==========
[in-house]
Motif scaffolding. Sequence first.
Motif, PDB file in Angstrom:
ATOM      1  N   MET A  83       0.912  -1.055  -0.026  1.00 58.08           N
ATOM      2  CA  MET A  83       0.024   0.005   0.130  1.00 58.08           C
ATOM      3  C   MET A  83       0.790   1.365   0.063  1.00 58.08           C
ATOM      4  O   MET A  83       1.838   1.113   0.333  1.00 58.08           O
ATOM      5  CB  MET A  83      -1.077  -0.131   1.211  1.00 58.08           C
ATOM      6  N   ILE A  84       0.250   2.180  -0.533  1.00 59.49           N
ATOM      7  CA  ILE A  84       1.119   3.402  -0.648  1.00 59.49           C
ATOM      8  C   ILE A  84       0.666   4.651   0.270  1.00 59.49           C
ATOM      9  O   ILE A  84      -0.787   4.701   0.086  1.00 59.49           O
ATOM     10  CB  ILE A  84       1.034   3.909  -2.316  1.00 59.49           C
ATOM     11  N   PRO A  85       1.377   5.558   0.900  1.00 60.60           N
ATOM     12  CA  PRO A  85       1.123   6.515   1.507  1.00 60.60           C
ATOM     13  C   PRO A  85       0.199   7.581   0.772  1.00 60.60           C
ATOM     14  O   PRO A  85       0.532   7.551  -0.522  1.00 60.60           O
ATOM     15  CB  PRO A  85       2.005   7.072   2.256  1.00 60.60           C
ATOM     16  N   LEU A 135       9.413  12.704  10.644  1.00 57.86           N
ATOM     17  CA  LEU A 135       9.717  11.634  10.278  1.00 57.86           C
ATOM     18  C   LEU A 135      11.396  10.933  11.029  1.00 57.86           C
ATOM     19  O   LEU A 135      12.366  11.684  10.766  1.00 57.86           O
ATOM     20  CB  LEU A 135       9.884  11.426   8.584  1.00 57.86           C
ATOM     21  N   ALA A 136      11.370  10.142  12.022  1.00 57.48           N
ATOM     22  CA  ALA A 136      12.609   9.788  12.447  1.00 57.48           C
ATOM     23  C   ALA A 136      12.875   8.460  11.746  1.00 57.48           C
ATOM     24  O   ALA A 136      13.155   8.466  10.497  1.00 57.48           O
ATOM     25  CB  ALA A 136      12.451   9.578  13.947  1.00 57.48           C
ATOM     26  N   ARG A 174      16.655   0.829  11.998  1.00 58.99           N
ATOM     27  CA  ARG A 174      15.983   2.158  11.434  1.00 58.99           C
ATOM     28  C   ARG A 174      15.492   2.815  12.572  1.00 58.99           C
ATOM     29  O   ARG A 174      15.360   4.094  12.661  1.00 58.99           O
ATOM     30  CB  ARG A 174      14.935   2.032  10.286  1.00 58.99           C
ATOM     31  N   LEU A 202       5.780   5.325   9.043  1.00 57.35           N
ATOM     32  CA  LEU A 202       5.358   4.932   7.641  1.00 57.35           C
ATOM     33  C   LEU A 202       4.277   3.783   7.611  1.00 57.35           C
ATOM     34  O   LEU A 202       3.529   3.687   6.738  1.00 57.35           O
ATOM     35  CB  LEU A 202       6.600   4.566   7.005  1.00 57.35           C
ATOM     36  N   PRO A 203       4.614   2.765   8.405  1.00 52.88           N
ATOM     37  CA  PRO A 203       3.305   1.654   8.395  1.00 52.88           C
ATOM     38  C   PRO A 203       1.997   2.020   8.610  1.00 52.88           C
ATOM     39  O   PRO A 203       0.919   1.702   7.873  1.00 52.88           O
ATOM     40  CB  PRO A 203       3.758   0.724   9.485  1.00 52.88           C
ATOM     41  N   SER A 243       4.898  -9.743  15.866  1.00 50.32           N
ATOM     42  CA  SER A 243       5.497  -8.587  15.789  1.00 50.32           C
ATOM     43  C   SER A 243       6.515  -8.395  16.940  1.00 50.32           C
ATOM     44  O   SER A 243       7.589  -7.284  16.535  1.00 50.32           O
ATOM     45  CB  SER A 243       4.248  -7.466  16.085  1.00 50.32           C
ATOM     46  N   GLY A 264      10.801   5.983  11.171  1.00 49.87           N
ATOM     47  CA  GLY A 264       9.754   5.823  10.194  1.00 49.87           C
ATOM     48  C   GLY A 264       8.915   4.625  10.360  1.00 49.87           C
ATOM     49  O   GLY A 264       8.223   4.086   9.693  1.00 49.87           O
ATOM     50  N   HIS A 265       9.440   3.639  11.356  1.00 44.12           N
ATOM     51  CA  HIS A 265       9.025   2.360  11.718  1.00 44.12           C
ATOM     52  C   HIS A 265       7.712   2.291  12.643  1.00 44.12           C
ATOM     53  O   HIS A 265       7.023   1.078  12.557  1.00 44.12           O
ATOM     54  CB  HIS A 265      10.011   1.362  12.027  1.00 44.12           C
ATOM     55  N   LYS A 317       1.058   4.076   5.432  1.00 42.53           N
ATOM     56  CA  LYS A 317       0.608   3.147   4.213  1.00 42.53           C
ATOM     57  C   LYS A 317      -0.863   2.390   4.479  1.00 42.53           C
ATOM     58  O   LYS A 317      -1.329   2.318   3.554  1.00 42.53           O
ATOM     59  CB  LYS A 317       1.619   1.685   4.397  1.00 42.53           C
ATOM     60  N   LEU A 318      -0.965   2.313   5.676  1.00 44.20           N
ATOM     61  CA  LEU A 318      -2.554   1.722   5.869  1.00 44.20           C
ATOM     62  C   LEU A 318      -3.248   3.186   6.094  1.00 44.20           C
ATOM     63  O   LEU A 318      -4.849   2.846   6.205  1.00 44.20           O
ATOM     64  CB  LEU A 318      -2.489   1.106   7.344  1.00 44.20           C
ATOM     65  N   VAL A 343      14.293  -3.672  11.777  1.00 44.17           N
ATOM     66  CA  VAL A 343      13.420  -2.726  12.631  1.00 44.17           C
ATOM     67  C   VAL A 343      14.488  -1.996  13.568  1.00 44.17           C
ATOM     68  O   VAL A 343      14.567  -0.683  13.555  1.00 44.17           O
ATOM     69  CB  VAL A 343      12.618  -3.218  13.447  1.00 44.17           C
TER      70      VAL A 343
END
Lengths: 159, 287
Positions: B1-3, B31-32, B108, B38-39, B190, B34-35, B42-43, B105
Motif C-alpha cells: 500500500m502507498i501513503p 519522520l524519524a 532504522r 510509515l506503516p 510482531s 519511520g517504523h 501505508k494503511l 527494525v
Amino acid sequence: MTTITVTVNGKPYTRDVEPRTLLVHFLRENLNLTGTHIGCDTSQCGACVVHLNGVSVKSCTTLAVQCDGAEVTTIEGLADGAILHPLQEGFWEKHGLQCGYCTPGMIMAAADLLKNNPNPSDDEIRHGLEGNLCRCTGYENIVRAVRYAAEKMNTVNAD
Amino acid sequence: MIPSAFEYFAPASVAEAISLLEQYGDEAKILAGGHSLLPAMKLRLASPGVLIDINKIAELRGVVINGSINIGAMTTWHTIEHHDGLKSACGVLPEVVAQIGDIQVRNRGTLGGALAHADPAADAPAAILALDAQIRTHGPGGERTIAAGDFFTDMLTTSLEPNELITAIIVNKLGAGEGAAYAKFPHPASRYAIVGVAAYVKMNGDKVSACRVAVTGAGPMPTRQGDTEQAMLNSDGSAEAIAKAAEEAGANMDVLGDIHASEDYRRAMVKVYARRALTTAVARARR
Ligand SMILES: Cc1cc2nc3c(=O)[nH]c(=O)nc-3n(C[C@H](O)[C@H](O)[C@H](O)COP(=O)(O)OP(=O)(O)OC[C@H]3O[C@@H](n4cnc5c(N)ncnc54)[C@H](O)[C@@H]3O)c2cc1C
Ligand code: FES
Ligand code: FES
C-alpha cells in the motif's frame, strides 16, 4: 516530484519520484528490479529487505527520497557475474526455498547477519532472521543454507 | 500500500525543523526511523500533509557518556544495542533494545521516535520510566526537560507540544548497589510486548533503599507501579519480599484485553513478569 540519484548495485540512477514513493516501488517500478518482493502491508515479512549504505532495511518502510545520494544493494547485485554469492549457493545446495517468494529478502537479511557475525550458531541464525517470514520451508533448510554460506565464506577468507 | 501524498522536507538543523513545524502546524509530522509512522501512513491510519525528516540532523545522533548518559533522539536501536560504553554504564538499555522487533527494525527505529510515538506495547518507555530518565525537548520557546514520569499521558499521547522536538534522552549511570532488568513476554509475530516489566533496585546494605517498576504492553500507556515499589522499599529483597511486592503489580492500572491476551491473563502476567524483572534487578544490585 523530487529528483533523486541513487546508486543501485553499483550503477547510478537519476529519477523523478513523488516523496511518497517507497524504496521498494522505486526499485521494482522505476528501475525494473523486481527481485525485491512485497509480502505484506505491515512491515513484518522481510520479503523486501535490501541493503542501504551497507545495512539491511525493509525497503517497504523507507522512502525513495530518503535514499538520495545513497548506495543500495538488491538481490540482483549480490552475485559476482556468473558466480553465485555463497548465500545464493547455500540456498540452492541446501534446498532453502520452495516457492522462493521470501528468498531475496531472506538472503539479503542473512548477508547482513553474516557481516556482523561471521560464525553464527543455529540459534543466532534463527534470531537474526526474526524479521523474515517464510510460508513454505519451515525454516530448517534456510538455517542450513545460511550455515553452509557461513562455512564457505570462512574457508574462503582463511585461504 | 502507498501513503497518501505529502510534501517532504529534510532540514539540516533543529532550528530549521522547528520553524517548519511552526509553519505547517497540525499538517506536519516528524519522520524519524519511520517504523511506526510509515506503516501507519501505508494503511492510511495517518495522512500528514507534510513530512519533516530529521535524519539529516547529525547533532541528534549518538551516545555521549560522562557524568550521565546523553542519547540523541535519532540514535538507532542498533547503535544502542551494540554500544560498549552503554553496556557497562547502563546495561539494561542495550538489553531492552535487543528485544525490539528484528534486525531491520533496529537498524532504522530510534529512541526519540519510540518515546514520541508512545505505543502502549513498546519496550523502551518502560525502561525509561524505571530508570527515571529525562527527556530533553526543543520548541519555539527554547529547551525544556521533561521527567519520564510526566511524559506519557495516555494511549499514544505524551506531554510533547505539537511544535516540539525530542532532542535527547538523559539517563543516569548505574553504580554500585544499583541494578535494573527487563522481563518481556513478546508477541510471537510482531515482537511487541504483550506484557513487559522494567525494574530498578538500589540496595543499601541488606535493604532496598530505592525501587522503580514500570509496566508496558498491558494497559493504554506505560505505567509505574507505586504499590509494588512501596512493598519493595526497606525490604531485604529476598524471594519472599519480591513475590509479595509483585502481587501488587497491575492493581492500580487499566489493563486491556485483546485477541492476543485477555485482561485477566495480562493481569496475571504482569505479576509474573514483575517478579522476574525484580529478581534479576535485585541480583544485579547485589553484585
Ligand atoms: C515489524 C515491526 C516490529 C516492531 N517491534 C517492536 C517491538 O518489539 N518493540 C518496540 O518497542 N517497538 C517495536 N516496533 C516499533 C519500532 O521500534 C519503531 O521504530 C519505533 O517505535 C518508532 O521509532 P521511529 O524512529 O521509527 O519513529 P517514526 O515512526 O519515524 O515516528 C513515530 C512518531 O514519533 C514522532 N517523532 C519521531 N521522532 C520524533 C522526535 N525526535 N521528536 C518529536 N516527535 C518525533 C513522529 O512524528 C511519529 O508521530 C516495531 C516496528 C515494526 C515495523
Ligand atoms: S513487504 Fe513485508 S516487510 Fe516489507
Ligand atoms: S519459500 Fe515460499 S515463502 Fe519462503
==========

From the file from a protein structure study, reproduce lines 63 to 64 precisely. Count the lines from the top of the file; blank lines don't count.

ATOM     60  N   LEU A 318      -0.965   2.313   5.676  1.00 44.20           N
ATOM     61  CA  LEU A 318      -2.554   1.722   5.869  1.00 44.20           C